A flag on the play. Literally. I had a genius idea the other night after dinner, watching my sons play the way little kids do: full contact and with lots of enthusiasm. They started to get a little too rambunctious, and my husband I started to call out warnings for them to cool it . . . of course they ignored us, and things elevated, and then everything ended in tears.
Luckily it wasn’t serious (a bonk here, a tumble there), but then a light bulb went off. Bright. Yellow. Flags. The weighted ones. Tossed in front of their faces when things started to look like they were getting out of hand. I floated the idea to Steve, who was skeptical at best. His position is that they’ll ignore the flags, which is a valid thought, since they ignore our warnings. I floated it by some friends (and my colleagues here at NPN) and their response was unanimous: it’s worth a try.
Here’s my theory, if you can picture this scenario: kids are tumbling around like a bunch of puppies when you notice that they’re headed for calamity. You grab a handy yellow football-style flag, and launch it in their direction. Kids are like predators: if it’s bright and moving quickly, they are drawn to it and must have it. So it distracts them long enough for them to be redirected. No raised voices, no having to physically intervene. Just a flag . . . on their play.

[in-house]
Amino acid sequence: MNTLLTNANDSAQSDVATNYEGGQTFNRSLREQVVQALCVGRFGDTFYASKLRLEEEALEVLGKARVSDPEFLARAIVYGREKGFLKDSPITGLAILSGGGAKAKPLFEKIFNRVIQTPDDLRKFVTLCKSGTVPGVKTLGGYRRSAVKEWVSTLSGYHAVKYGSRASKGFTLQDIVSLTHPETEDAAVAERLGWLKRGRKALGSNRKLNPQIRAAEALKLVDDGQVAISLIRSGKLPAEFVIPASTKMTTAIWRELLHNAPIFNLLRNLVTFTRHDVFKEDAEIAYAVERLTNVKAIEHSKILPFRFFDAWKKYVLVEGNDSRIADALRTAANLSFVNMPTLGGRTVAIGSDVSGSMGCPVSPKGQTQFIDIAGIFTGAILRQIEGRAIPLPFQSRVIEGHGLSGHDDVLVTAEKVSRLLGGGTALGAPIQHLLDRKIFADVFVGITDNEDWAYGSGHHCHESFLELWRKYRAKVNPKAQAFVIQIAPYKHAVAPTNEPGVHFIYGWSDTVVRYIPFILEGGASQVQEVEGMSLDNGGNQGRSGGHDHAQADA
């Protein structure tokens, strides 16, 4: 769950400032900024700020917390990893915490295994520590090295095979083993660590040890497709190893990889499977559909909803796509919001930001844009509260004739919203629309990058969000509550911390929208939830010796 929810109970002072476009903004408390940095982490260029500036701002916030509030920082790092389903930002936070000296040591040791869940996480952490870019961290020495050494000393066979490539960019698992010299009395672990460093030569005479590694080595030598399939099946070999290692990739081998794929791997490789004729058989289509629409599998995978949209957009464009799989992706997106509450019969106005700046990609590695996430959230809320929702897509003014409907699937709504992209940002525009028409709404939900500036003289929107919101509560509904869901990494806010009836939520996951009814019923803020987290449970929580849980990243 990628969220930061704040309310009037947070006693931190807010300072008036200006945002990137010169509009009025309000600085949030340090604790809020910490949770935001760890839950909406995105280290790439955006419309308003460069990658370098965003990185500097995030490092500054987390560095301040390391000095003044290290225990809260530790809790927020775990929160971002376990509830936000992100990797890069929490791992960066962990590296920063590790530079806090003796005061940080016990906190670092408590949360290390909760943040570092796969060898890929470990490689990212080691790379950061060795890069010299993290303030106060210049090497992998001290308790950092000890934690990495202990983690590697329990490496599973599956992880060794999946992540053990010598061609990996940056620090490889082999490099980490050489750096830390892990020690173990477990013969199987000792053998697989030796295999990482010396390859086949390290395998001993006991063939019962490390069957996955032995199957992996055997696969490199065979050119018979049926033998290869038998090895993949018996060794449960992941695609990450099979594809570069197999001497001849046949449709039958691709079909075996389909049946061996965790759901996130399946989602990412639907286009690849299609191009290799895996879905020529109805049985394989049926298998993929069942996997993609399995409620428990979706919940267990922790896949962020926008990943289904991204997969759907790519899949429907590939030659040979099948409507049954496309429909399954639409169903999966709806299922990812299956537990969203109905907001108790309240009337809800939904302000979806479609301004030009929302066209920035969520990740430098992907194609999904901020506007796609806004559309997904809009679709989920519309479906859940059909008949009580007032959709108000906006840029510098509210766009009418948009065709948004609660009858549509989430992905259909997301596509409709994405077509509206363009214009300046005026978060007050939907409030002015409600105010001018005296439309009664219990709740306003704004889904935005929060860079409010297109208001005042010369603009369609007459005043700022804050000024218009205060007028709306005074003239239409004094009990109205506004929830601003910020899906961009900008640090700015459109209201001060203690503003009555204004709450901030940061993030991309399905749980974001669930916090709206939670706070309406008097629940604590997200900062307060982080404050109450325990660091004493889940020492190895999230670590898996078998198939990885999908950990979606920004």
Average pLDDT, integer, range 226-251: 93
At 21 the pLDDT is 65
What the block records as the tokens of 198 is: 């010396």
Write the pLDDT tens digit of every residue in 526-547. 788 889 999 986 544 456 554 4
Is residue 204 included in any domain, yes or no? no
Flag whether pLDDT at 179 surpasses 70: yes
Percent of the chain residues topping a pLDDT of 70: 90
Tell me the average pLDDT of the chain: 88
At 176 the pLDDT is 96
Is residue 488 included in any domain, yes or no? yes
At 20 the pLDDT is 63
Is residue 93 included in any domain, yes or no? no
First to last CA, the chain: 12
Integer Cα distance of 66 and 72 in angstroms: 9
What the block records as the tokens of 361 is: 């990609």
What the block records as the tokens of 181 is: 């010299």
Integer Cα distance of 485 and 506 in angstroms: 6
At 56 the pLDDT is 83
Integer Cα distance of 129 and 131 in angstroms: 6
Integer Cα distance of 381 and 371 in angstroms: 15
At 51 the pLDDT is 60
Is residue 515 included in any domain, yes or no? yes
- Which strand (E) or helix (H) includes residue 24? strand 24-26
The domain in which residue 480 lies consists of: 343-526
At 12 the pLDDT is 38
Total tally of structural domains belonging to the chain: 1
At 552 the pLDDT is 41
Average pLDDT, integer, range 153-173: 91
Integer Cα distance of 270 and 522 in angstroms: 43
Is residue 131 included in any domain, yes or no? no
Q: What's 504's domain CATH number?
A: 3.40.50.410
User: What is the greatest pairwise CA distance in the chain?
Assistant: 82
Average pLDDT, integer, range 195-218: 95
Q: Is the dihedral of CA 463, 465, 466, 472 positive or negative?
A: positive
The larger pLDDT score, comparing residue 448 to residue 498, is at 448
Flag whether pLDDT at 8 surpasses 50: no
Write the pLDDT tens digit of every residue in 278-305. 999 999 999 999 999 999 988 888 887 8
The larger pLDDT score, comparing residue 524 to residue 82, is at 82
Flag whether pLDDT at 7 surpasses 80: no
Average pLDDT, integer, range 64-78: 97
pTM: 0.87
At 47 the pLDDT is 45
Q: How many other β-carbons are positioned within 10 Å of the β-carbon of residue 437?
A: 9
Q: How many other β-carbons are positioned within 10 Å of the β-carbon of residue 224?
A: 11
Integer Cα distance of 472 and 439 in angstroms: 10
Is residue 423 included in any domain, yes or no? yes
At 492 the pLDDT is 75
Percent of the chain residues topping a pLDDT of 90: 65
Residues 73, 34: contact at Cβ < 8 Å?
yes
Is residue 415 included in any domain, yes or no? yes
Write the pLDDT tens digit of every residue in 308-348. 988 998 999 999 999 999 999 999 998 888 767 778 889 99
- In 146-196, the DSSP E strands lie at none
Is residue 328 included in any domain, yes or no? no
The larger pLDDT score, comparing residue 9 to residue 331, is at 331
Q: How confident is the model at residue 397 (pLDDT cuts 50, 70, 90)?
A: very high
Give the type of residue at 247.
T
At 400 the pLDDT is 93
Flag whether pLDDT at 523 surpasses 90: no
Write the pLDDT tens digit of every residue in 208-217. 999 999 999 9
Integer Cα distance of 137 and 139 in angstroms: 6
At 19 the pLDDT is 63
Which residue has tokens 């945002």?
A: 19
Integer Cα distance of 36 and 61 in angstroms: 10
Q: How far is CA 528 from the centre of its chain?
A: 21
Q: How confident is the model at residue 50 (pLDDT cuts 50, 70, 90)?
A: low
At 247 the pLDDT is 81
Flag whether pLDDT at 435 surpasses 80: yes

I immediately ordered a set of two off the internet. We waited (some more patiently than others) for them to arrive. Once they did, I weighed them to make sure they weren’t too heavy and discovered each one comes in at right about 3 ounces. Which means if I accidentally bean one of my boys while trying to regulate their play, I can breathe easy knowing they’ve likely whacked each other harder than that in the previous few minutes. Obviously I’m never going to aim for their bodies, but they don’t call it “rough and tumble” play for nothing, if you catch my drift.
So here’s what happened: the flags arrived, I showed them to the boys, told them where we were storing them, and we had a discussion about what their purpose is. I had to remind them a dozen or so times that only adults can use the flags.
Then I forgot to use them.
Seriously, I had them sitting in a bowl on the bar for about a week before I remembered they were there and flung them into the melee. It actually worked – they saw the flag fly in and were mesmerized by it. The bright color and the motion combined to catch their eyes and distract them long enough for me to calm them down and redirect their play.
It’s still novel, but I’m hoping that the novelty slides into habit. I know I’m going to have rowdy boys for at least the next decade or two, and I’m happy to embrace that. But when things move from rowdy to dangerous, I’m not going to hesitate to throw a flag on their play.